Penn State needs a fresh start. Let the consequences stand (as much as it stinks for those who directly had no part... its what the governing agencies involved have agreed upon). Penn State will rebuild and endure. It is not the end of the world. This school needs to accept their lumps and move on with this in a productive, responsible, and hopeful manner.

      Delete
  4. I'd like to ask a question that only requires a one word response: If your child were sodomized in a shower by a "trusted" adult. it was reported immediately to someone who was expected to take action, and they said "thanks for letting me know. It's the weekend, I don't want to disturb anyone's weekend with this news. I'll address it Monday."....would you find this a perfectly acceptable response to the situation knowing that in the meantime, your child could be identified and receive medical treatment if necessary and be protected from additional abuses? This only requires a yes or no answer on your part.

    ReplyDelete
    Replies
    1. I'll answer your question in one word Yes, if someone reported your child was being sodomized in the shower you would report it immediately.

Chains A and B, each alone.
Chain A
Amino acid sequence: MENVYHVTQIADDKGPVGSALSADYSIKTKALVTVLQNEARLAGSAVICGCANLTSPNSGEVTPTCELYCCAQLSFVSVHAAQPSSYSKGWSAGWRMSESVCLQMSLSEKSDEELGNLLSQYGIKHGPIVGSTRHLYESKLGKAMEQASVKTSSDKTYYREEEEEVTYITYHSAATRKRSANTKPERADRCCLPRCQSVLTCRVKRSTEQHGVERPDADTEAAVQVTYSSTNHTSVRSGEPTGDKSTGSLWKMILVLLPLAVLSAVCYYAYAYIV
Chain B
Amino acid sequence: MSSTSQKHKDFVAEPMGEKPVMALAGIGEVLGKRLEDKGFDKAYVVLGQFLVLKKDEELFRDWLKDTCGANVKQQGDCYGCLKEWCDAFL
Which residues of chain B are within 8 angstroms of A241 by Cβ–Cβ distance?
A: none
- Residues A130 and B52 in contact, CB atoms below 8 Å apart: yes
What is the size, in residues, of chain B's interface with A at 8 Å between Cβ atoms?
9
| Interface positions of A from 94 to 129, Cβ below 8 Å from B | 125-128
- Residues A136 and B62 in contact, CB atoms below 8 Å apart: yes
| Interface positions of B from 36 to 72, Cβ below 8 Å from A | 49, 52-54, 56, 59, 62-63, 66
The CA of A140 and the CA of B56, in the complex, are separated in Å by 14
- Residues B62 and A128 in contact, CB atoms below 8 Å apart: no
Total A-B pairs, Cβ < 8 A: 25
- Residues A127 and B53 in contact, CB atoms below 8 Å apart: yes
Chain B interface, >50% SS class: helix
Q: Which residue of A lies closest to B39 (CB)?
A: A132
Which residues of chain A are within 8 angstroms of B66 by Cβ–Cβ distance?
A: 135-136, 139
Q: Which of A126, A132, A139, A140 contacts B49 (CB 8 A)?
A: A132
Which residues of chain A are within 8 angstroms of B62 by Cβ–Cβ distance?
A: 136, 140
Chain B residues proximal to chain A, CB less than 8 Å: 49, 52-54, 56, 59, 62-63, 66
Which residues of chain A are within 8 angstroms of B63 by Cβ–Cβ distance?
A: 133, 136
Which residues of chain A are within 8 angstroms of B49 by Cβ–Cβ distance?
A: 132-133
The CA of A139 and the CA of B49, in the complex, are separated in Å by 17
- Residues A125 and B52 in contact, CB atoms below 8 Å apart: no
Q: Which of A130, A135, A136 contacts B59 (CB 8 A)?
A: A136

The problem is what you claim was reported was never reported and that is where the whole cookie starts to crumble. As per his testimony at the trial and the grand jury summary Mcqueary went home and told his dad that he saw Sandusky in the showers with a kid and he didn't know what to make of it but he didn't feel it was right. Dr. Dranov, a family friend, who was the second person that night to be told of what Mcqueary saw, testified to the grand jury that Mike never told him of anything sexual going on and he didn't think it that serious, maybe just some locker room behavior. Mcqueary's own testimony as to his report to Paterno was that he was intentionally vague in the details. Paterno's own testimony agrees with this, that Mcqueary was vague, that he "might" have seen some inappropriate touching, maybe some fondling but he didn't get a good look, but that he was very upset with the situation. Mcqueary's testimony again in his reporting to Curely and Schultz he states that he never used the term "anal rape" and that he never saw intercourse, and his description of their positioning would have made it physically impossible.

      Maybe if Mike had been sure of what he saw and actually told someone about it in the terms you seem to think he said you wouldn't have to worry about asking questions based on half truths.

      As far as the "I'll address it Monday" quip. Mcqueary saw it Friday. Called Joe Saturday, went to Joe's house later Saturday. Joe calls Curely on it Sunday. Since it wasn't grave enough to immediately go to the police Friday night, I would think a half day turn around was pretty good.